Photo via Wikipedia

I made my way through the sea of people making their way into a 177,000-square-foot facility, and found a seat on the stadium-style bleachers (that can hold 5,000 people) that overlooked the set of a Mediterranean village, for the 33-minute Lights, Motors, Action! Extreme Stunt Show, which centers around the filming of a spy thriller, with production crew members, stunt managers and a director and assistant director on the "live" set.  Using a Tinseltown trick known as shooting "out-of-sequence," the director sets up the different stunts, and the cast of more than 50 people thrills the audience with high-flying, gravity-defying automobile, motorcycle and high-speed watercraft stunts, with more than 40 vehicles (including those in the maintenance garage) that are customized and modified, and piloted by a group of professional stunt drivers.  The show includes high-speed spins, two-wheeled driving, jumps, pyrotechnic explosions, high falls and plenty of surprises created just as they are performed for the silver screen.

Photo via Allears.net

Segments of this energetic attraction are taped and shown on over-sized screens, highlighting how the different camera angles enhance the special effects.  After each scene is "filmed," the director then combines the shots to create the completed scene that is played for the audience.  Film-making secrets are revealed as you learn how Hollywood creates the memorable chase scenes that leave you on the edge of your seat.  IT WAS AWESOME!

Photo via Wikipedia

Then I hurried to catch the last showing of the Indiana Jones Epic Stunt Spectacular! (stopping for ice cream on the way, lol), a 30-minute live show that recreates memorable scenes from Raiders of the Lost Ark, and reveals the secrets behind the stunts and special effects.  After the "Casting Director" steps on stage and selects volunteers from the audience and "auditions" them to appear as extras, the show opens against a temple ruins backdrop, where the Indiana Jones look-alike makes his grand entrance and escapes a 12-foot tall rolling boulder chasing him down a narrow path.  He is seemingly crushed by the boulder, only to reappear moments later as the set is being deconstructed, and the director explains to the audience what's going on. The extras are part of the following Cairo street scene and, after a series of explosions and realistic swashbuckling fight scenes, the show concludes with even larger and louder explosions and pyrotechnics whose heat can be felt even in the audience.  The show was kind of cheesy for me, yet entertaining enough; if I hadn't just come from the Extreme Stunt Show, I might have been more impressed, but certainly not with the lame humor.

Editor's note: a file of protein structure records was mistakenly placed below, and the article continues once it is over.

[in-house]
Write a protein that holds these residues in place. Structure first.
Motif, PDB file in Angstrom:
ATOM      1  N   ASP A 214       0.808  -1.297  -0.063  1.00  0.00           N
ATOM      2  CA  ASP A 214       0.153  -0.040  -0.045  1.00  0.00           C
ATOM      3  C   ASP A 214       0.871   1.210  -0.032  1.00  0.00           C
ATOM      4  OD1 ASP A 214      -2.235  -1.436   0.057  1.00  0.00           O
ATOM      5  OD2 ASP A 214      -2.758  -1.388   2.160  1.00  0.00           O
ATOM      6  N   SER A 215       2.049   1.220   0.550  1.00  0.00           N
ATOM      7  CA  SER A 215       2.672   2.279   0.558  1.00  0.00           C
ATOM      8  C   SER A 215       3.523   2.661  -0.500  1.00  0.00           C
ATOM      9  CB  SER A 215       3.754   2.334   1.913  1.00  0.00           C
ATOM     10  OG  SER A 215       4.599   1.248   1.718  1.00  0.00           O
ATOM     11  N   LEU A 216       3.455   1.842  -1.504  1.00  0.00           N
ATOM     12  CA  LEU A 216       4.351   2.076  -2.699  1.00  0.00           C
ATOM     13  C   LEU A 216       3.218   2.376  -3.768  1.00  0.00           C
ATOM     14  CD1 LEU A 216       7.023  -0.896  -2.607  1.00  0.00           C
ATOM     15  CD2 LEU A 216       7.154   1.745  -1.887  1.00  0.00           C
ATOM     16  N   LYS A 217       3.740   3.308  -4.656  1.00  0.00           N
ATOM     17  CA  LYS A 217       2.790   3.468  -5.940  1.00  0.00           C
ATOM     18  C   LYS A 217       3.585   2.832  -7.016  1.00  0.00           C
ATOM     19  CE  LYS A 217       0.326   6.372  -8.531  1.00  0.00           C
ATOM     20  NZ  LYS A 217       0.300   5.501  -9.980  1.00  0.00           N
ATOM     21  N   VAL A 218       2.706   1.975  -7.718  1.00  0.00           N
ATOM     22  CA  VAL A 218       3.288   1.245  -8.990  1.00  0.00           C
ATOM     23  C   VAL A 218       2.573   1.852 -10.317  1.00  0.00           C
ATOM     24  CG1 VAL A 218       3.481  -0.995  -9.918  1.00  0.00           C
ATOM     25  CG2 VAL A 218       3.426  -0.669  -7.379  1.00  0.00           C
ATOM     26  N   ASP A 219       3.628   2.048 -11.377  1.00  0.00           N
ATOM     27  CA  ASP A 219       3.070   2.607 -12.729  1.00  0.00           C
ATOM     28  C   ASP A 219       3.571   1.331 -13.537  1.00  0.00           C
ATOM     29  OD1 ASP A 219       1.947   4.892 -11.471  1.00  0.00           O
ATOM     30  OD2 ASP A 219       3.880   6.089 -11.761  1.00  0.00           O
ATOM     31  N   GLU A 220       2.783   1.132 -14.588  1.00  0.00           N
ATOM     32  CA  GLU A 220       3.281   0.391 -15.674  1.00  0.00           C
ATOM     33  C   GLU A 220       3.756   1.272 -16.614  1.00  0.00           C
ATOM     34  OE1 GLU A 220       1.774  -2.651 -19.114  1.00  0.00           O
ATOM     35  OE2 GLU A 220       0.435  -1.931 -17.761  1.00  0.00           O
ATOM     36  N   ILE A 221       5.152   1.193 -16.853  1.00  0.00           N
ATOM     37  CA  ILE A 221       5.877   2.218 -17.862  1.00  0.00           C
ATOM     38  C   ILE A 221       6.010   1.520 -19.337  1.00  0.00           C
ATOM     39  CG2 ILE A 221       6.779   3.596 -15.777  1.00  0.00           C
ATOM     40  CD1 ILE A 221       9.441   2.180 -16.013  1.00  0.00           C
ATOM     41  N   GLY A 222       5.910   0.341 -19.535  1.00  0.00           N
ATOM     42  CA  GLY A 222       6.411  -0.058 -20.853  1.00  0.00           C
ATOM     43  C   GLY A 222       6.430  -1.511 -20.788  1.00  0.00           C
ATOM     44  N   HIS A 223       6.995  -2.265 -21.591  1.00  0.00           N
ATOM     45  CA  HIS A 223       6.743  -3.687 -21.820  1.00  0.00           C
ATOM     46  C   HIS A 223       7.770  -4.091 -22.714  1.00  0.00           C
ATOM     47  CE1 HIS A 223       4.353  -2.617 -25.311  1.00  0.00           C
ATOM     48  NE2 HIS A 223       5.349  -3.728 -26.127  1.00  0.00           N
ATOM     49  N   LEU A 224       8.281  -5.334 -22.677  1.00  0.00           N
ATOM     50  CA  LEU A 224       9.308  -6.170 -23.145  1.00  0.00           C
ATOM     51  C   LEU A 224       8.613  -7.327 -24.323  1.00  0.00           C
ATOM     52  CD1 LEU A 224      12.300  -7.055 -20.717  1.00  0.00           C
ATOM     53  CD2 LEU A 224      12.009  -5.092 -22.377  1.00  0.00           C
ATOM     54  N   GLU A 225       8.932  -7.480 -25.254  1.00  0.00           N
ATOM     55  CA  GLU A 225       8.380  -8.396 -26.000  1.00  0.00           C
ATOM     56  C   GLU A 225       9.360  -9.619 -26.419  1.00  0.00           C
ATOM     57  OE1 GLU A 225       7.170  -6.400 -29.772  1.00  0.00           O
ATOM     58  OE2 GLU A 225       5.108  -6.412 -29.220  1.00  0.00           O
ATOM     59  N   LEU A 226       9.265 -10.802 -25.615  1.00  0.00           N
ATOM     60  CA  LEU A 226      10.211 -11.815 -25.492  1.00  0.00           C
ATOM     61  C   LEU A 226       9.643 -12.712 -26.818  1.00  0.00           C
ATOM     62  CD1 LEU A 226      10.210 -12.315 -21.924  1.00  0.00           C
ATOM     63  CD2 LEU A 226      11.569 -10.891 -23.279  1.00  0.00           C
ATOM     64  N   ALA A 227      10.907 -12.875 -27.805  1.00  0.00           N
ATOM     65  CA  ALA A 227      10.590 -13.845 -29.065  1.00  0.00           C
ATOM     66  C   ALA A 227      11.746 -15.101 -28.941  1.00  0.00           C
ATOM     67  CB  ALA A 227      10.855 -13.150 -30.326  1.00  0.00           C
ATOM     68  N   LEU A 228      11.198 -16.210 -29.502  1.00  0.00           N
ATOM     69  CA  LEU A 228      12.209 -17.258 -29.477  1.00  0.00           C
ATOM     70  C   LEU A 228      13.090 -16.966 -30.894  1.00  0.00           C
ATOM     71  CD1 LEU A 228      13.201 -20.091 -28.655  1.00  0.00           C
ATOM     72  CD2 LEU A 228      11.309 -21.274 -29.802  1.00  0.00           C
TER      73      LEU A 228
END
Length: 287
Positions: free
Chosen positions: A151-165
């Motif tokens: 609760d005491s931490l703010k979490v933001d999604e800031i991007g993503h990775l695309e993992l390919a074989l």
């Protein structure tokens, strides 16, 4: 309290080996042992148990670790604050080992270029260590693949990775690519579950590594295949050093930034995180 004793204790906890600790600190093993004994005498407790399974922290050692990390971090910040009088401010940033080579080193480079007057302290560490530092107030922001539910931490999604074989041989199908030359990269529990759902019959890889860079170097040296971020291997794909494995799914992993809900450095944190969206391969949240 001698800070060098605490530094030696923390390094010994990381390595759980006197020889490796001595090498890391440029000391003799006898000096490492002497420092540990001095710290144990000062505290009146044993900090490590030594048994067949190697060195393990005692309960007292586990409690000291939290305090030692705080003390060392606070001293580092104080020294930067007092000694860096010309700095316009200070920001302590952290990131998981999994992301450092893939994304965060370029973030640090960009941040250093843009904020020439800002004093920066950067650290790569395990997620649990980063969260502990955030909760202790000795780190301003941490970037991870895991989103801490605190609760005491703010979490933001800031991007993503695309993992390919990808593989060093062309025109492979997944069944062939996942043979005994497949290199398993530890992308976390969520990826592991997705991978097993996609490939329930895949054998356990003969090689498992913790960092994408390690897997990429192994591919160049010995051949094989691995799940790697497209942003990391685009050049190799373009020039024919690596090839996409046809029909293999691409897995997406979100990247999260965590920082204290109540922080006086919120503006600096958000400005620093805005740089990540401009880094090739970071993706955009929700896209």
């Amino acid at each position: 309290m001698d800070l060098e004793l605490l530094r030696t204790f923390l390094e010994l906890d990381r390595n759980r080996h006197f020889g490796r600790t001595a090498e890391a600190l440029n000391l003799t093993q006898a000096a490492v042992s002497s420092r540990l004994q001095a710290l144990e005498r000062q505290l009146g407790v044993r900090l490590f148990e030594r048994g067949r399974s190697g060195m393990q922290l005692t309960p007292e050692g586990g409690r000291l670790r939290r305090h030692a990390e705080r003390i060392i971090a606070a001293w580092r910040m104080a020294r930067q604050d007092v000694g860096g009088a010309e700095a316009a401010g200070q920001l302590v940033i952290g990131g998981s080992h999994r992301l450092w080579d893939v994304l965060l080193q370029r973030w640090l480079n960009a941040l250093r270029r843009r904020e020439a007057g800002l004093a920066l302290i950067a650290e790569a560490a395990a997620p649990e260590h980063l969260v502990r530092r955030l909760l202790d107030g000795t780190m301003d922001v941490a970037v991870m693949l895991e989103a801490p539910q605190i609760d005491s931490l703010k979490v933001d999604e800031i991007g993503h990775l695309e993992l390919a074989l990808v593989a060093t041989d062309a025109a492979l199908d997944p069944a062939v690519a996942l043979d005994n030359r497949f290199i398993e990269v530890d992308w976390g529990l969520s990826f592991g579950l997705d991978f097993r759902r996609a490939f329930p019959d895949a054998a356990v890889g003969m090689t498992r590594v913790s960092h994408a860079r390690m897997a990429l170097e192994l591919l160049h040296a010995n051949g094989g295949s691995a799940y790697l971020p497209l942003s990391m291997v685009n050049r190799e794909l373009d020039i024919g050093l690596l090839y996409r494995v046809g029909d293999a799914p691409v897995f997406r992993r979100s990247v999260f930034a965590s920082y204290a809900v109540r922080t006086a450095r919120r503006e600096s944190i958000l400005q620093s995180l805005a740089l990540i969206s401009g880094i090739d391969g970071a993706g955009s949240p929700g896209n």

I grabbed a Glaciers Cup (slushie) at Beverly Sunset Sweet Spells  and a veggie cheeseburger and fries at Rosie's All American Cafe before catching The American Idol Experience Grand Finale Show, to watch, cheer and vote between 5 talented singers clamoring to win a special front-of-the-line pass for the popular TV series' real tryouts.  The attraction is complete with hair and make-up and a vocal coach, and in addition to the "live" audience and Ryan Seacrest Wannabe, the contestants perform in front of a panel of American Idol judges that mimic Simon, Randy and Paula - all on a sweet replica of the American Idol set.  After they all had performed I helped determine the destiny of the singers onstage by voting as a member of the attraction audience on my individual interactive keypad - my favorite won, woo-hoo!  Other than the absence of all the seats being full, it did feel as if really at the show and was a lot of fun.

Mickey Fighting the Dragon at Fantasmic's Climax
Photo via Wikipedia

I ended the day with a bang as I claimed my seat in the Hollywood Hills Amphitheater, designed after the famous Hollywood Bowl and accommodating up to 10,000 people for Fantasmic!, a spectacular, 25-minute nighttime fireworks and water show extravaganza starring Mickey Mouse and a bevy of delightful Disney Characters, and featuring classic Disney music and songs, laser lights and amazing hydrotechnic effects.  Because of its popularity, doors open 90 minutes before showtime for guests to start filling in; often the show is reduced to standing room only for last-minute spectators.  I got there only 5 minutes beforehand, because I didn't sacrifice the American Idol show, and was just lucky enough to find a nice family with a little extra room for me on their bench.  The show was awesome, definitely worth staying even after a long and tiring day.